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BiothreatsDistinguishing virulent from harmless bacteria to help biological surveillance

Published 25 August 2017

Biological “detectives” are tracking down biothreats such as the bacteria that causes tularemia (“rabbit fever”), but they constantly face the challenge of avoiding false positives. Sounding the alarm over a bioattack, only to find it’s a harmless relative in the same genus, reduces credibility and public trust. Researchers are narrowing down the confusion over Francisella bacteria, a few species of which include highly virulent human and animal pathogens, fish pathogens, opportunistic human pathogens, tick endosymbionts, and free-living isolates inhabiting brackish water.

Biological “detectives” are tracking down biothreats such as the bacteria that causes tularemia (“rabbit fever”), but they constantly face the challenge of avoiding false positives. Sounding the alarm over a bioattack, only to find it’s a harmless relative in the same genus, reduces credibility and public trust. New work at Los Alamos National Laboratory is narrowing down the confusion over Francisella bacteria, a few species of which include highly virulent human and animal pathogens, fish pathogens, opportunistic human pathogens, tick endosymbionts, and free-living isolates inhabiting brackish water.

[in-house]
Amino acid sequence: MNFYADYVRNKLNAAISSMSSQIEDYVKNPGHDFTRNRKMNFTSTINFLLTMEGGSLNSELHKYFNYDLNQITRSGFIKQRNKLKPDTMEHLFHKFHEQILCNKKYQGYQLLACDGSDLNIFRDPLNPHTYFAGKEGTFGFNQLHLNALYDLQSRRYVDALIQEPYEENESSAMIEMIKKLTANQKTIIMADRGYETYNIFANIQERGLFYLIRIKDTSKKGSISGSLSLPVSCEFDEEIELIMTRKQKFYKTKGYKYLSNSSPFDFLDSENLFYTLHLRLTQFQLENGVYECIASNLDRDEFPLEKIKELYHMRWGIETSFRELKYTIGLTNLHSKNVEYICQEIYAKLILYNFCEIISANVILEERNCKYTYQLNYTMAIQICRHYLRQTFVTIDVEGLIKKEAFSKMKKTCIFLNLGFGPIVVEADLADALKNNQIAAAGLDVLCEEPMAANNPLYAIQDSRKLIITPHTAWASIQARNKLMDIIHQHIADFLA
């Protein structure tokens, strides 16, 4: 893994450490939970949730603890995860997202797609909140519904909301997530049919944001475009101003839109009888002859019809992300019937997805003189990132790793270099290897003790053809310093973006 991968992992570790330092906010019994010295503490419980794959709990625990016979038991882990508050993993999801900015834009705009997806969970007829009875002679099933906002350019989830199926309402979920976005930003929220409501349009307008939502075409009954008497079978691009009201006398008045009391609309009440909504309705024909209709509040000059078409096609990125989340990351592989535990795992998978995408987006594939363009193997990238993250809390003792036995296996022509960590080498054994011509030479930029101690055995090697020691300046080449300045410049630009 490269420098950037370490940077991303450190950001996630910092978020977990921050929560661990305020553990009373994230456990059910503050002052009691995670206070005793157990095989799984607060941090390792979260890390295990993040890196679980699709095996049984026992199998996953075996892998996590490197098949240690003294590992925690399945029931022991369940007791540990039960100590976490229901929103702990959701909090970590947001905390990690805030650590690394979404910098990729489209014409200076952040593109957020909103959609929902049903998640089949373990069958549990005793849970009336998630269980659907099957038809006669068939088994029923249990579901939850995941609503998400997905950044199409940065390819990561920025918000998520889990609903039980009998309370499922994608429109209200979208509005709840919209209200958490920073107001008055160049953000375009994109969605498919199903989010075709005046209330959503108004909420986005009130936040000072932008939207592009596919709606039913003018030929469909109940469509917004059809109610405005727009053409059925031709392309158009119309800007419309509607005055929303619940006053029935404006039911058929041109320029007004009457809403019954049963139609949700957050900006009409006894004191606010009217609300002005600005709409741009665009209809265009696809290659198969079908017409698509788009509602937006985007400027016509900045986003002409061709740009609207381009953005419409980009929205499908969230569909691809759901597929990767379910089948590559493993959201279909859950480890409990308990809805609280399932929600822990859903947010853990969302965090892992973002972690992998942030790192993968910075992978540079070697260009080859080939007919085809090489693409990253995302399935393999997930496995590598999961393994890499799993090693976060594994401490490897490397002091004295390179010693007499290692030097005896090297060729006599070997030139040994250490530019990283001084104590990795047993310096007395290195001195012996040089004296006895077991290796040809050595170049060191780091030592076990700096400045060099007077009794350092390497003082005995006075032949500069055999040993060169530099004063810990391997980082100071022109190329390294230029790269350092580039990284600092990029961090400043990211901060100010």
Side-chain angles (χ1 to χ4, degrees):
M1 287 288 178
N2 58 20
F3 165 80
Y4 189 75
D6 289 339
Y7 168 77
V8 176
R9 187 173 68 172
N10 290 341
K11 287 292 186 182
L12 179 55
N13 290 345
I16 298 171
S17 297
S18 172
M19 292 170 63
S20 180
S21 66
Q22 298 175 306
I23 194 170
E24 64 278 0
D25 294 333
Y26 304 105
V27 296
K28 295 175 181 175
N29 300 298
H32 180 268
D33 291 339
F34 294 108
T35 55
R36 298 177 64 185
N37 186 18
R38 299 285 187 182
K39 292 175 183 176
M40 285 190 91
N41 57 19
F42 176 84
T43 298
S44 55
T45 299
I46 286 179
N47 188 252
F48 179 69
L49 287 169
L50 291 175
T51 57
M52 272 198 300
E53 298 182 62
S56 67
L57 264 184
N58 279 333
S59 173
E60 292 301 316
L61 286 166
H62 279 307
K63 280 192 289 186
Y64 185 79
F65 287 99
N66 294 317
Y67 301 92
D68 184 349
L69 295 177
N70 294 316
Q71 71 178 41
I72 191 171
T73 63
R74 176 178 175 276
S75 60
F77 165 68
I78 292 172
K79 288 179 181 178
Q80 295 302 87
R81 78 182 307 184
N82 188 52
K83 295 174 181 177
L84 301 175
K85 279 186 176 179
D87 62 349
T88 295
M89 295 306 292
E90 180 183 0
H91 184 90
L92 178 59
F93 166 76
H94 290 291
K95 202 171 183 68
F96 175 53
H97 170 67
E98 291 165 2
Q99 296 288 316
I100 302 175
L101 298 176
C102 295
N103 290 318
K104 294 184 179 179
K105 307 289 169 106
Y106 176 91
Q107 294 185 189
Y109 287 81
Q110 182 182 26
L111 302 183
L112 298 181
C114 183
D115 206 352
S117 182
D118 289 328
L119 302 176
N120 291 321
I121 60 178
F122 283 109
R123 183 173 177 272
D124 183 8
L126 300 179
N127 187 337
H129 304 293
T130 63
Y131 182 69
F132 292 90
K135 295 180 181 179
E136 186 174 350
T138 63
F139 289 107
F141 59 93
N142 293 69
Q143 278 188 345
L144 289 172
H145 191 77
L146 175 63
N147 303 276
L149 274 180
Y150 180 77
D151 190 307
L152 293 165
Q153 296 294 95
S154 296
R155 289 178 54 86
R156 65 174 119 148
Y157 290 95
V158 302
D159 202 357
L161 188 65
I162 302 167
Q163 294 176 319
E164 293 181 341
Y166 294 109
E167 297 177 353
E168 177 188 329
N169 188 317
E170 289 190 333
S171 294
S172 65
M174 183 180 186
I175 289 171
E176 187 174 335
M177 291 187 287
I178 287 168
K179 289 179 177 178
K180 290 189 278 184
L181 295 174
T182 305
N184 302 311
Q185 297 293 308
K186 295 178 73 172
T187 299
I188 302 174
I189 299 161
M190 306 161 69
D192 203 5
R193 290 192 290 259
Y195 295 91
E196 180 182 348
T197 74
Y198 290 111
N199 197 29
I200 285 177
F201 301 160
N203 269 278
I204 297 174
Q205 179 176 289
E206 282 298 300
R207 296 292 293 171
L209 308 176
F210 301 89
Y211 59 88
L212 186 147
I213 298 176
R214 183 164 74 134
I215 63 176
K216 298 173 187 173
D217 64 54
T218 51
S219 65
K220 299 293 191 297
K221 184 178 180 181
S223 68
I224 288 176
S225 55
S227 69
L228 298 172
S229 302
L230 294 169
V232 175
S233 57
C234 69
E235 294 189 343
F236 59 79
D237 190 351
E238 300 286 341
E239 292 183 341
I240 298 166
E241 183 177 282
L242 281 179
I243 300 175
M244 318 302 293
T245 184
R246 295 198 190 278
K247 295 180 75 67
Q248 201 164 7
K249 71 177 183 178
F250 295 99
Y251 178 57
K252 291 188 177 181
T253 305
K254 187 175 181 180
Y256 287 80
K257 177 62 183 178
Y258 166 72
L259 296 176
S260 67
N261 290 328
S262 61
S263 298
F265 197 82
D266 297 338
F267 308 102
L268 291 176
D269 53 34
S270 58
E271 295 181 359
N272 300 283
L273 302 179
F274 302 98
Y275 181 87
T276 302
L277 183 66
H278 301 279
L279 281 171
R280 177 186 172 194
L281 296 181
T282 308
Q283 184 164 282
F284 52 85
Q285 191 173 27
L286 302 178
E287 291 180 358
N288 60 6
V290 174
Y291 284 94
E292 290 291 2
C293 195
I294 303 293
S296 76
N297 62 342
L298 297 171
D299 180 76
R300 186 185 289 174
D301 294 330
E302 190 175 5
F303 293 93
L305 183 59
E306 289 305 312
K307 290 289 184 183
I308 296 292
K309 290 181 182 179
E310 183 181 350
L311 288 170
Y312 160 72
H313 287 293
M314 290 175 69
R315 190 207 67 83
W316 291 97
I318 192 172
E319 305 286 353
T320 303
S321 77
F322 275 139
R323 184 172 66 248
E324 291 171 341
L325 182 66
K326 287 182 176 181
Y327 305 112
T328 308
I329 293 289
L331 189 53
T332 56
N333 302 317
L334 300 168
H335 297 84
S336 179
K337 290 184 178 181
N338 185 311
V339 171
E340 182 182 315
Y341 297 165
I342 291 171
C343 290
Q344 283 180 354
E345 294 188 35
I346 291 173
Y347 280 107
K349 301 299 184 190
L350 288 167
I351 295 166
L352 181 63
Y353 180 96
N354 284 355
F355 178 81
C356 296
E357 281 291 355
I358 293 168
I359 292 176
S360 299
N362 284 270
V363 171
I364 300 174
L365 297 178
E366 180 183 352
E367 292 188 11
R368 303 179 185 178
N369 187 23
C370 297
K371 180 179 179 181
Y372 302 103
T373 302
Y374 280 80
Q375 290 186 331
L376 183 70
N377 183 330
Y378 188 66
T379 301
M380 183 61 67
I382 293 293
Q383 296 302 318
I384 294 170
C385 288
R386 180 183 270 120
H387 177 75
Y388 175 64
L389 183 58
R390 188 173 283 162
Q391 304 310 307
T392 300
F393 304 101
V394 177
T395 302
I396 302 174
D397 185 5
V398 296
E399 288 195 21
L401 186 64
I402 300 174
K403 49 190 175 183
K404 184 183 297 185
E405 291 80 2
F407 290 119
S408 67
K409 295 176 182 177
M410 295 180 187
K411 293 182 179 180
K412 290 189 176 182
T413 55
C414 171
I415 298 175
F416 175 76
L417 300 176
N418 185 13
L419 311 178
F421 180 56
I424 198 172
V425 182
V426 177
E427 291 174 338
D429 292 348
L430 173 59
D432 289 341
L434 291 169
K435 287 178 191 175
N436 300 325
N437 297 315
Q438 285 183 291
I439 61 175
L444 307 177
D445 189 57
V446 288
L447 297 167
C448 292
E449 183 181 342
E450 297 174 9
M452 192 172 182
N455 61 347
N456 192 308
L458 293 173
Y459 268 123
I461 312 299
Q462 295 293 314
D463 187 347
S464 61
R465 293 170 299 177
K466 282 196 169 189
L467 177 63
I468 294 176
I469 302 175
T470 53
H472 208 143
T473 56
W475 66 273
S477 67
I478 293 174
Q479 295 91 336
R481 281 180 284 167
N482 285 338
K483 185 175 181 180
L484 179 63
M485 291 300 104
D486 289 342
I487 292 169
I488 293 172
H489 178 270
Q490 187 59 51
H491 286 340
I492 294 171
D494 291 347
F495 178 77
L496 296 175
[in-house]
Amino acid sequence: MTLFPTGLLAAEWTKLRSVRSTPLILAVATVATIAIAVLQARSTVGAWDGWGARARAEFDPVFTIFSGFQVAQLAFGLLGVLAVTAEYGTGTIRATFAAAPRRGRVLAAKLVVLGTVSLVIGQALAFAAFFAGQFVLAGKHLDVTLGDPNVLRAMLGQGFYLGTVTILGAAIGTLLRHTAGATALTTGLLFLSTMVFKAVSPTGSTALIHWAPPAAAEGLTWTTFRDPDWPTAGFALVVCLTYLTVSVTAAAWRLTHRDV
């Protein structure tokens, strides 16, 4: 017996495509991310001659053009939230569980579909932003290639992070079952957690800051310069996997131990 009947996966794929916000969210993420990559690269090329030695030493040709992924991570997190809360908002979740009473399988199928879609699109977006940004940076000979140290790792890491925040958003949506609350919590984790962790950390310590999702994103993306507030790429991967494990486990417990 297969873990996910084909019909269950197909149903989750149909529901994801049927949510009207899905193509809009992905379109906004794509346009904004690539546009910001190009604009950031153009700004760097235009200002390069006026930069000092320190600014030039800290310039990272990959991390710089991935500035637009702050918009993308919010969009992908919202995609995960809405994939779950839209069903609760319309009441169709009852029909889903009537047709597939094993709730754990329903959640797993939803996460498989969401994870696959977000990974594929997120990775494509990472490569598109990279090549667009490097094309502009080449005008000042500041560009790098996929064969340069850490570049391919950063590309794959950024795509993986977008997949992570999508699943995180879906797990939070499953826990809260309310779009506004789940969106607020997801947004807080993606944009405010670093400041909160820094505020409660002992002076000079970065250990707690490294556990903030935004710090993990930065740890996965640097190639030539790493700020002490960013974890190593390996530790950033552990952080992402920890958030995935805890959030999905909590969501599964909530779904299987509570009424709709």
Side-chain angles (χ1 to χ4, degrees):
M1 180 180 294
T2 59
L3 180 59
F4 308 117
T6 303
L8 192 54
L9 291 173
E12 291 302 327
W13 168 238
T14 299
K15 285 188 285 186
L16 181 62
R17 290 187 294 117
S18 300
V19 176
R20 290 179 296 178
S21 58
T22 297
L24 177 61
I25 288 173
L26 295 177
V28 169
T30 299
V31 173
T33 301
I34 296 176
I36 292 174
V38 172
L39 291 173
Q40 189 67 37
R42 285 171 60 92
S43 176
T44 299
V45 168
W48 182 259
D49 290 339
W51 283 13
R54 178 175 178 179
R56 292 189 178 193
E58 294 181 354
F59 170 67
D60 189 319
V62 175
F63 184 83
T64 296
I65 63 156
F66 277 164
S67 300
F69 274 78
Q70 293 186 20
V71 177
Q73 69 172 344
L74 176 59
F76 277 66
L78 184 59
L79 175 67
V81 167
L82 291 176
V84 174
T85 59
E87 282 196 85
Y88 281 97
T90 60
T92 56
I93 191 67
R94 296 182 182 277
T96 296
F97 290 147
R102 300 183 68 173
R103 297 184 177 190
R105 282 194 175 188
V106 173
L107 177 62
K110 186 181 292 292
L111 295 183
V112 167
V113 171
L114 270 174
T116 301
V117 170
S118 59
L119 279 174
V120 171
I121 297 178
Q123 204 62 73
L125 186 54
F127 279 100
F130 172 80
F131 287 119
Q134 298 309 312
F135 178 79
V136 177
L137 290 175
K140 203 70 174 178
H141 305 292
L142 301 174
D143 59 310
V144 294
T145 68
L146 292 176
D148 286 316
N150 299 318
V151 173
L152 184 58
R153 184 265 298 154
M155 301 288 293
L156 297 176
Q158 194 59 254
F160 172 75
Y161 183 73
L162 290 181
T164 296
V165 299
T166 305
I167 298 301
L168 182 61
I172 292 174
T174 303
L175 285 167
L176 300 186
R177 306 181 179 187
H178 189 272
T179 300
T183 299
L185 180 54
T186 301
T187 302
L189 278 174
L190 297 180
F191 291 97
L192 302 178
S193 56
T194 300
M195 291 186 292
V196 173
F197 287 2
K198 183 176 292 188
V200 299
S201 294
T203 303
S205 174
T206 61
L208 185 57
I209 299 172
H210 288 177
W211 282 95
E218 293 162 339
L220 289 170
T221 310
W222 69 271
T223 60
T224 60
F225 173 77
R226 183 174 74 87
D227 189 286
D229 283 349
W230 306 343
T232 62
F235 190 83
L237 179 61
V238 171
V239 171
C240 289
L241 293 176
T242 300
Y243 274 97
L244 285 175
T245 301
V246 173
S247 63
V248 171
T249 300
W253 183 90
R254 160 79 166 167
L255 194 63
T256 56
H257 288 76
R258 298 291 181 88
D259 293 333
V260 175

“Accurate discrimination among the virulent subspecies of F. tularensis and the environmentally abundant F. novicida and its relatives is absolutely critical for the future success of biological surveillance and attribution activities,” said Los Alamos biologist Jean Challacombe, lead author on a paper published in PLOS ONE. LANL notes that biological surveillance, such as that conducted by the U.S. Department of Homeland Security and the Department of Defense, provides early warning of infectious disease outbreaks, hazardous environmental exposures, or possible bioterrorist attacks by spotting trends of public health importance.

The Francisella genus includes several recognized species, additional potential species, and other representatives that inhabit a range of incredibly diverse ecological niches but are not closely related to the named species. Many of them cause no problems for humans or livestock. F. tularensis, however, is a highly virulent zoonotic pathogen (spreads from animals to humans) that causes tularemia. Because of weaponization efforts in past world wars, it is considered a first tier (most serious) biothreat agent.

The bad one, F. tularensis subspeciestularensis (Type A), is found exclusively in North America and is the most virulent, causing the disease tularemia. It can produce skin ulcers, chest pain and difficulty breathing.

The team has identified several apparently cryptic plasmids—which are linear or circular structures of double-stranded DNA capable of existing outside the chromosome—in the sequenced genomes of three commonly found environmental Francisella species. These plasmids provide additional phylogenetic and genomic features that differentiate pathogenic F. tularensis strains from clinical and environmental near-neighbor species that are not biothreat agents.